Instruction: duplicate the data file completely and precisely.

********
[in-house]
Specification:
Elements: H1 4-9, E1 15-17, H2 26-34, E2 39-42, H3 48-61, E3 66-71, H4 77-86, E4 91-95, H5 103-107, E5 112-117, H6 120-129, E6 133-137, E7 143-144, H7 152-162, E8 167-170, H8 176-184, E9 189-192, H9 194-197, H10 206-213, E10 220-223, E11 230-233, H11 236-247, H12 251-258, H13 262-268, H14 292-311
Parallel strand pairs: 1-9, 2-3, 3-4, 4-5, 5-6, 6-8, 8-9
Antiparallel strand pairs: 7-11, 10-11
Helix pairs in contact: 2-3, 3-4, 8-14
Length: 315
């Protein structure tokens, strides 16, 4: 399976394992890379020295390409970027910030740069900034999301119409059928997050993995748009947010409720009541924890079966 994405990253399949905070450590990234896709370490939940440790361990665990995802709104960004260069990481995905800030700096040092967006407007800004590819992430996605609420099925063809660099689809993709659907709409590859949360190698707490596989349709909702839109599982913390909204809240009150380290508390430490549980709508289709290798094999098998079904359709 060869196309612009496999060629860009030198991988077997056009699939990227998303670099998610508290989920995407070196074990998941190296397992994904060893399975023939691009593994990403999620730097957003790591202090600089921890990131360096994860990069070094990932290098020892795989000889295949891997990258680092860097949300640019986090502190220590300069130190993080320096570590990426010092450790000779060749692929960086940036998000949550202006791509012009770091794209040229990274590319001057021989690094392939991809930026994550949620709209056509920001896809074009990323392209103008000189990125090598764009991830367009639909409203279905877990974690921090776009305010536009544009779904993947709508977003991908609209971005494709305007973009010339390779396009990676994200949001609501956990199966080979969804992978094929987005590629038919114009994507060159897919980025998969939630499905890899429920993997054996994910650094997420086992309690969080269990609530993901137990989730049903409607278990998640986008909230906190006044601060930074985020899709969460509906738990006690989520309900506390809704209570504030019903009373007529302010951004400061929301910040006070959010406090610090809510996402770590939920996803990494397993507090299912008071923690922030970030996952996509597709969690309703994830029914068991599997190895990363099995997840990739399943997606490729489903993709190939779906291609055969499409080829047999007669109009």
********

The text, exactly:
[in-house]
Specification:
Elements: H1 4-9, E1 15-17, H2 26-34, E2 39-42, H3 48-61, E3 66-71, H4 77-86, E4 91-95, H5 103-107, E5 112-117, H6 120-129, E6 133-137, E7 143-144, H7 152-162, E8 167-170, H8 176-184, E9 189-192, H9 194-197, H10 206-213, E10 220-223, E11 230-233, H11 236-247, H12 251-258, H13 262-268, H14 292-311
Parallel strand pairs: 1-9, 2-3, 3-4, 4-5, 5-6, 6-8, 8-9
Antiparallel strand pairs: 7-11, 10-11
Helix pairs in contact: 2-3, 3-4, 8-14
Length: 315
């Protein structure tokens, strides 16, 4: 399976394992890379020295390409970027910030740069900034999301119409059928997050993995748009947010409720009541924890079966 994405990253399949905070450590990234896709370490939940440790361990665990995802709104960004260069990481995905800030700096040092967006407007800004590819992430996605609420099925063809660099689809993709659907709409590859949360190698707490596989349709909702839109599982913390909204809240009150380290508390430490549980709508289709290798094999098998079904359709 060869196309612009496999060629860009030198991988077997056009699939990227998303670099998610508290989920995407070196074990998941190296397992994904060893399975023939691009593994990403999620730097957003790591202090600089921890990131360096994860990069070094990932290098020892795989000889295949891997990258680092860097949300640019986090502190220590300069130190993080320096570590990426010092450790000779060749692929960086940036998000949550202006791509012009770091794209040229990274590319001057021989690094392939991809930026994550949620709209056509920001896809074009990323392209103008000189990125090598764009991830367009639909409203279905877990974690921090776009305010536009544009779904993947709508977003991908609209971005494709305007973009010339390779396009990676994200949001609501956990199966080979969804992978094929987005590629038919114009994507060159897919980025998969939630499905890899429920993997054996994910650094997420086992309690969080269990609530993901137990989730049903409607278990998640986008909230906190006044601060930074985020899709969460509906738990006690989520309900506390809704209570504030019903009373007529302010951004400061929301910040006070959010406090610090809510996402770590939920996803990494397993507090299912008071923690922030970030996952996509597709969690309703994830029914068991599997190895990363099995997840990739399943997606490729489903993709190939779906291609055969499409080829047999007669109009």